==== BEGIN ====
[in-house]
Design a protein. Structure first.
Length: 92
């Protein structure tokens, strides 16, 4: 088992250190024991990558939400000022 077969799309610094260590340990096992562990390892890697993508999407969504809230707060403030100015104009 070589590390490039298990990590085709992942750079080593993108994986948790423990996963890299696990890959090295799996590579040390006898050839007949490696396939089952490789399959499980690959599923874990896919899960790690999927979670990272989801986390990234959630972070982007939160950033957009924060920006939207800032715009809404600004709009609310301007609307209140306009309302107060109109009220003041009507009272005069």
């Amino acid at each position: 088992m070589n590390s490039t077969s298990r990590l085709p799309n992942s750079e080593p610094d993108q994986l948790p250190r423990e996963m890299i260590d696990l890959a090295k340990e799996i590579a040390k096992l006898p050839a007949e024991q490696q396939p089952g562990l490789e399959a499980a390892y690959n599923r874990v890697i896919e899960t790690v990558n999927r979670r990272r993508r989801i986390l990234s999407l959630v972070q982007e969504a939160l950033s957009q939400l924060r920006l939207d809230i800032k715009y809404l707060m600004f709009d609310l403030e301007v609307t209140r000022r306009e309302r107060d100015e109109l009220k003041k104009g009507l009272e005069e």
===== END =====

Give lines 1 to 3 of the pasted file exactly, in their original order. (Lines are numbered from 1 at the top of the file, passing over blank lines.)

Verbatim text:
[in-house]
Design a protein. Structure first.
Length: 92